US Takes A Hard Line Position On Haitian And Cuban Immigration
Normally, there are a number of immigration programs to help people who are fleeing violence, oppression or unrest in their home countries. Whether it be asylum, or a country being put on a temporary protected status, when drastic but temporary conditions exist, the United States often makes exceptions for immigrants fleeing from those countries.
No Exceptions for Cubans and Haitians
But the recent unrest in Cuba seems to be an exception, at least for now. The US has said that even if people are fleeing Cuba because they fear persecution in the face of the unrest on the island, they will not be allowed into the United States (or at least, they will not be given any special exceptions).
The same holds true for Haitian immigrants, who may be fleeing unrest in Haiti, caused by the recent assassination of the Haitian president.
Homeland Security has said those trying to flee will be met by the Coast Guard and returned. Those who do seek asylum won’t be allowed into the United States. Rather they will be sent to other, third countries, to be resettled if their applications are granted.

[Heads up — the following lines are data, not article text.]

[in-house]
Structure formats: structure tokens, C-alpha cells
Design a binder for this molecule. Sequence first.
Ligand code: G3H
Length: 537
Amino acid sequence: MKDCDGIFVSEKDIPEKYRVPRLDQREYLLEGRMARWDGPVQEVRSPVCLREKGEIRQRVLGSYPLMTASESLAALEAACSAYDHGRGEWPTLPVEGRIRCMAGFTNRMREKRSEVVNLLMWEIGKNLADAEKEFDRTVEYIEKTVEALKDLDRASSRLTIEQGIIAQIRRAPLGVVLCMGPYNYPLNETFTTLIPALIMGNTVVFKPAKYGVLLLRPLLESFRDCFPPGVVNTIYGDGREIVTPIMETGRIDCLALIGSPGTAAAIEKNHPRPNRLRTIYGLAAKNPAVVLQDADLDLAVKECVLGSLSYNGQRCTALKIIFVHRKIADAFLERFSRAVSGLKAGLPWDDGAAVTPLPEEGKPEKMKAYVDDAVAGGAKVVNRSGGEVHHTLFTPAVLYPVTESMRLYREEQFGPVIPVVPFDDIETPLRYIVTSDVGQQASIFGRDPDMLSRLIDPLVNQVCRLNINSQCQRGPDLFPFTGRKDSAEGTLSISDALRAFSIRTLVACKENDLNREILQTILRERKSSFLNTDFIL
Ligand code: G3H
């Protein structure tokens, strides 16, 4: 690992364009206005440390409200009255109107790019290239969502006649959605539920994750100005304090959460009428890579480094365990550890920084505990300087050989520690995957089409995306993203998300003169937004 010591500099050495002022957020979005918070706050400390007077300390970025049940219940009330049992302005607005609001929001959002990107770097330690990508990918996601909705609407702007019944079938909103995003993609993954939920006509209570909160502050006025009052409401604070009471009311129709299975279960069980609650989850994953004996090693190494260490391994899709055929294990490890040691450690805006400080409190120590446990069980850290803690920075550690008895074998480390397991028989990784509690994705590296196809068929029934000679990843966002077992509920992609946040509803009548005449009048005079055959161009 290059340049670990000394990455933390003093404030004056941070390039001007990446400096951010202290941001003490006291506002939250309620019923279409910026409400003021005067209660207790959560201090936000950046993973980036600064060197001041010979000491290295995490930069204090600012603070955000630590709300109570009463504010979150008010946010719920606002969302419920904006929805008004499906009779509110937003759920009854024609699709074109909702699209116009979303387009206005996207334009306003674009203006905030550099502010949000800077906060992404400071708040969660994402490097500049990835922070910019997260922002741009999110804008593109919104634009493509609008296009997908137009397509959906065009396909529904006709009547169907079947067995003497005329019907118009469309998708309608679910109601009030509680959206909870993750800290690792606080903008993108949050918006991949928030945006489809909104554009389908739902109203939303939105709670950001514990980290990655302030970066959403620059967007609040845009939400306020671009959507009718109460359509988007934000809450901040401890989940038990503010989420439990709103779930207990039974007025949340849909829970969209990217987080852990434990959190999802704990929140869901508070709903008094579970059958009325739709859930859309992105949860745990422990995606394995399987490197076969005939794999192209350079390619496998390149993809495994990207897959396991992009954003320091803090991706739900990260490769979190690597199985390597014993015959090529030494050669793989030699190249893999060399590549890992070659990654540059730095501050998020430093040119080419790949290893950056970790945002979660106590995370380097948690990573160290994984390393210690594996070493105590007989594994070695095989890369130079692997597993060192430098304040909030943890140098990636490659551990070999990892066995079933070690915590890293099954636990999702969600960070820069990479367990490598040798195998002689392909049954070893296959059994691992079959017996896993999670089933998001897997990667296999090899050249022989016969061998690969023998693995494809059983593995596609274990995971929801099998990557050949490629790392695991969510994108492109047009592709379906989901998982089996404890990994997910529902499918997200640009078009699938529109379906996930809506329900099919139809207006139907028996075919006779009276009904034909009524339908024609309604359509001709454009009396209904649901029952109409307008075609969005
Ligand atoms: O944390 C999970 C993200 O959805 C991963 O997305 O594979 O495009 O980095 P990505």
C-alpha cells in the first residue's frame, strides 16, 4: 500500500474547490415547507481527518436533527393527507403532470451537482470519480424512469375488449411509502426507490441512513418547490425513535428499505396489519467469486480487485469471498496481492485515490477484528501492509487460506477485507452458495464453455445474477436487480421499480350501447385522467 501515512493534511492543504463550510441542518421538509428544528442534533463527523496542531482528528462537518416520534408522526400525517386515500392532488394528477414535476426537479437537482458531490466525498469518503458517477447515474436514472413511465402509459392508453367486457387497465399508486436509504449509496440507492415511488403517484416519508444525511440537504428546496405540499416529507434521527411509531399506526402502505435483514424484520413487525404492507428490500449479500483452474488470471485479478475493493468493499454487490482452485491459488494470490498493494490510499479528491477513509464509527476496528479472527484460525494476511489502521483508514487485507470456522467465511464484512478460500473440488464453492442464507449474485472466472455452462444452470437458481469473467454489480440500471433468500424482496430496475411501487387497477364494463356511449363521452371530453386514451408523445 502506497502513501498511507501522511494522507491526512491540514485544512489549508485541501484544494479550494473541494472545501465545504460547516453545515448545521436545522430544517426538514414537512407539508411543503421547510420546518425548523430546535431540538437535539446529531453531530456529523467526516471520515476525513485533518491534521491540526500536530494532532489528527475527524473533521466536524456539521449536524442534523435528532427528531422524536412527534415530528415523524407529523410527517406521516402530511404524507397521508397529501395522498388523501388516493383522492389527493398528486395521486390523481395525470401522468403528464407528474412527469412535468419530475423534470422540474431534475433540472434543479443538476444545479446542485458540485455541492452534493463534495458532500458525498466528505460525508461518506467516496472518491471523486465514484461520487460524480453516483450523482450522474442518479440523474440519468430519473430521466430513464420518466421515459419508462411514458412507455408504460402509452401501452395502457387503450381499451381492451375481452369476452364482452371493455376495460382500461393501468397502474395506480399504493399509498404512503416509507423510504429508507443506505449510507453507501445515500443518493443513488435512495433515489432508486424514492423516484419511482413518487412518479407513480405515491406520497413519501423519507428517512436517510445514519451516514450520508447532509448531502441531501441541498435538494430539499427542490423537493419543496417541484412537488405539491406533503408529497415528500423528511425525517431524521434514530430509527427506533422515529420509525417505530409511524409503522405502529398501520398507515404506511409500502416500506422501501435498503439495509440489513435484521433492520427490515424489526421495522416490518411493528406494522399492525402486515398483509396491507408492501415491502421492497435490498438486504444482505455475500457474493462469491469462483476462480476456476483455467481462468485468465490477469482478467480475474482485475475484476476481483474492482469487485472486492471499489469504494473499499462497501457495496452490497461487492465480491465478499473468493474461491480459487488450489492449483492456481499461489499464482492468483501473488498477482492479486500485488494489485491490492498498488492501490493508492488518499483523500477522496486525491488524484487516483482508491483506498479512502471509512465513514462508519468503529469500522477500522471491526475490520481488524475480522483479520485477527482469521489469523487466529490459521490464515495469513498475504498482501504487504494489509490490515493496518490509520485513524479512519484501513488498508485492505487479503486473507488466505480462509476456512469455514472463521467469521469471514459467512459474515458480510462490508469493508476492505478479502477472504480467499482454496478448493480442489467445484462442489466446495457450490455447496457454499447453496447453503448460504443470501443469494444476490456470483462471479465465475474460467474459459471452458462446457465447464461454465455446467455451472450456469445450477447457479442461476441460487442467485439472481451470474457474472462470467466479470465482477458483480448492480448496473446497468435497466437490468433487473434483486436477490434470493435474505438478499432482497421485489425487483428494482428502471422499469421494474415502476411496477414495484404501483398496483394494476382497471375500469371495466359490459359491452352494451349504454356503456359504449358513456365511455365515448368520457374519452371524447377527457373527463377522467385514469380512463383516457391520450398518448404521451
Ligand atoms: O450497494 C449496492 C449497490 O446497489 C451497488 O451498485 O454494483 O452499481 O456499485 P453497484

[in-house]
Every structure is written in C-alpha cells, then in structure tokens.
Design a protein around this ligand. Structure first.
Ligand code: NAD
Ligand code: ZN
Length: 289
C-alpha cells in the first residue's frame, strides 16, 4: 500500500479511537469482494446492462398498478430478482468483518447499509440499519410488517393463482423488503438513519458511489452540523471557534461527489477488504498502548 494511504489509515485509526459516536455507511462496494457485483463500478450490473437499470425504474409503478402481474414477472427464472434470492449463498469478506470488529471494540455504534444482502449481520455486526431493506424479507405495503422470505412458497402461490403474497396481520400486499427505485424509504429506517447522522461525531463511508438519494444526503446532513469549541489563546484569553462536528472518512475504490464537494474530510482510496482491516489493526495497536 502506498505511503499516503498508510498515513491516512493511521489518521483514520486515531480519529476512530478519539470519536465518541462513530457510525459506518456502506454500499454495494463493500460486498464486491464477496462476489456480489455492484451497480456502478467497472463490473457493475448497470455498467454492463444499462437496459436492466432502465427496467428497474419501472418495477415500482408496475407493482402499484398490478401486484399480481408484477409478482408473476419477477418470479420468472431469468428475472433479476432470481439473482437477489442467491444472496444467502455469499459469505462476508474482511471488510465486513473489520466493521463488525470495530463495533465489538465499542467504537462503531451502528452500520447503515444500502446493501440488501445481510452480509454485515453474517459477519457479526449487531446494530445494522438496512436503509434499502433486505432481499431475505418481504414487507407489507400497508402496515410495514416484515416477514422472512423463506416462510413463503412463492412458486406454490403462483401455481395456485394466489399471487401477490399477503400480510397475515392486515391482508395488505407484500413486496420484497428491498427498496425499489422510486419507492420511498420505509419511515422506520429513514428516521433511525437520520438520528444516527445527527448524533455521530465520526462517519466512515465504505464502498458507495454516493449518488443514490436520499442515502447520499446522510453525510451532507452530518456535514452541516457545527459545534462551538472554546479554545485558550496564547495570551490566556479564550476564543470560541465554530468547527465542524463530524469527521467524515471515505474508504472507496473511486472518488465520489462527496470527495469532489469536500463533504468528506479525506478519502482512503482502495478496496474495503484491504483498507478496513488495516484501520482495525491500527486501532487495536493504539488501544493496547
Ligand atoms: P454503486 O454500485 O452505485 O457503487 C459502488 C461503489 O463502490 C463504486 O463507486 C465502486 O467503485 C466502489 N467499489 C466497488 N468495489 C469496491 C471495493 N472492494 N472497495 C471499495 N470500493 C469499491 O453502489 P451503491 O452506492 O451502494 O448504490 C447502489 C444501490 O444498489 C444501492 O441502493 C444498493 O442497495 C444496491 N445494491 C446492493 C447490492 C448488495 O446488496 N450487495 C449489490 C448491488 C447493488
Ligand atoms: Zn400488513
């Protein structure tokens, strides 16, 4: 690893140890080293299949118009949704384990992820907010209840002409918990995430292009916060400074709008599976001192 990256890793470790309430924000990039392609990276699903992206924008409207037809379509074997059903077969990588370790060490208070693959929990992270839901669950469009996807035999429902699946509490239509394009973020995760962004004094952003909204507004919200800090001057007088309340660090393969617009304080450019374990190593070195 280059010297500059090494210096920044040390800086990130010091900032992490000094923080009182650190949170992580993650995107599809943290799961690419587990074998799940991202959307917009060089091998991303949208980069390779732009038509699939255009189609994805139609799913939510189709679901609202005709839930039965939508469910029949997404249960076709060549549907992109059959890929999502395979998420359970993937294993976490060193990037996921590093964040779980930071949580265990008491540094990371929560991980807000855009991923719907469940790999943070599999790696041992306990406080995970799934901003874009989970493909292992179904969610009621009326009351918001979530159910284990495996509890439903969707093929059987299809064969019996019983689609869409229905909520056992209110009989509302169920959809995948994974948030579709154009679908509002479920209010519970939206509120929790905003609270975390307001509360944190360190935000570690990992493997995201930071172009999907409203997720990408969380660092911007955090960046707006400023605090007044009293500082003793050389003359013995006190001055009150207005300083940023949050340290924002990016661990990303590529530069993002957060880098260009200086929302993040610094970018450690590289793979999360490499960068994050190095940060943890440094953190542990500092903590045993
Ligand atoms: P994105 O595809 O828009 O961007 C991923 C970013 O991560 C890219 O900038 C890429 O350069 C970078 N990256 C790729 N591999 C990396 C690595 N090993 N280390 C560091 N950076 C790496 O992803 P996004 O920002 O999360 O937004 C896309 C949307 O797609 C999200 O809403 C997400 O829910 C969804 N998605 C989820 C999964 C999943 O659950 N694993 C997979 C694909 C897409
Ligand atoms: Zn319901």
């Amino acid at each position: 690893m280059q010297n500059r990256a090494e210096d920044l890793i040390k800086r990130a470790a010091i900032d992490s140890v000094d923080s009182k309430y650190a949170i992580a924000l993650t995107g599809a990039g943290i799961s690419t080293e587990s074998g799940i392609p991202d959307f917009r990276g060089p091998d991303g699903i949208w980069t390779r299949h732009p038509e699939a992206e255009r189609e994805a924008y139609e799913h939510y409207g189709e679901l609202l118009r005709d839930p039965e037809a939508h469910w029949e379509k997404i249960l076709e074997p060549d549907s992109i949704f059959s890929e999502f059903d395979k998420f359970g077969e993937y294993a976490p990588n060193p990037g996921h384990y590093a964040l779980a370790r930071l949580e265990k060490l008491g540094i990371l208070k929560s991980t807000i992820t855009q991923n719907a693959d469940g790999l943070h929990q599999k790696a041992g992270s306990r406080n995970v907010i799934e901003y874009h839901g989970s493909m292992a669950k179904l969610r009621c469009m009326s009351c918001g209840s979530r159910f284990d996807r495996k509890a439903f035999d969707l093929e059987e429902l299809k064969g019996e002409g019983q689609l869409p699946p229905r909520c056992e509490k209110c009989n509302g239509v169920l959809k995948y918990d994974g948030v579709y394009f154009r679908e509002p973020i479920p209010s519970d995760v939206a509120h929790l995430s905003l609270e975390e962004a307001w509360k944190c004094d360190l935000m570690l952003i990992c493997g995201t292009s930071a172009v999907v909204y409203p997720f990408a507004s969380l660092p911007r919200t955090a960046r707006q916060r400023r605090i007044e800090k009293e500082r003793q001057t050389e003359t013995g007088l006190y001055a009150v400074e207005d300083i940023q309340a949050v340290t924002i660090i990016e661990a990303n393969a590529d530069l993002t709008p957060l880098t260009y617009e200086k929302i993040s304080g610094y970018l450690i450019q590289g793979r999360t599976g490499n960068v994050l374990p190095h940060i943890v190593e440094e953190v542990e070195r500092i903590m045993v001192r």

Policy Has Been Consistent
This is not a change in US policy towards Cuba or Cubans, but has a greater impact now, given the upheaval on the island. In some cases, asylum seekers are sent to Guantanamo Bay in Cuba for asylum interviews. They then are often resettled in places like Australia. Both Cuban and Haitian refugees have often been held at Guantanamo.
The US has stopped or halted certain deportation actions for those already in the United States, at least, for those who could be deported back to Haiti. And the US says that asylum is still available for those who are fleeing a “well-founded” fear of torture or persecution. But some see the attitude towards Cubans and Haitians to be contrary to that position, and an affront to the US system of asylum.
Officials say that despite the unrest in both countries, there has not been any surge in the amount of immigrants seeking entry into the United States—at least, not by water. According to Homeland Security, more Cuban and Haitian refugees are picked up and detained at the Mexican border, than by sea.
No More Advantages for Some Refugees
Cuban refugees used to benefit from what was known as “wet foot dry foot.” Under that policy, unlike immigrants from any other country, Cuban immigrants received an expedited path to citizenship once they set foot on American soil. Cubans could even apply for green cards, just two years after arriving in America. Much of these advantages were reactions to Fidel Castro’s oppressive Cuban communist regime.
But in an effort to improve relationships with Cuba, in 2017, that policy ended.
Contact the Palm Beach County immigration attorneys at Devore Law Group today with any questions that you may have about immigration for you or your family.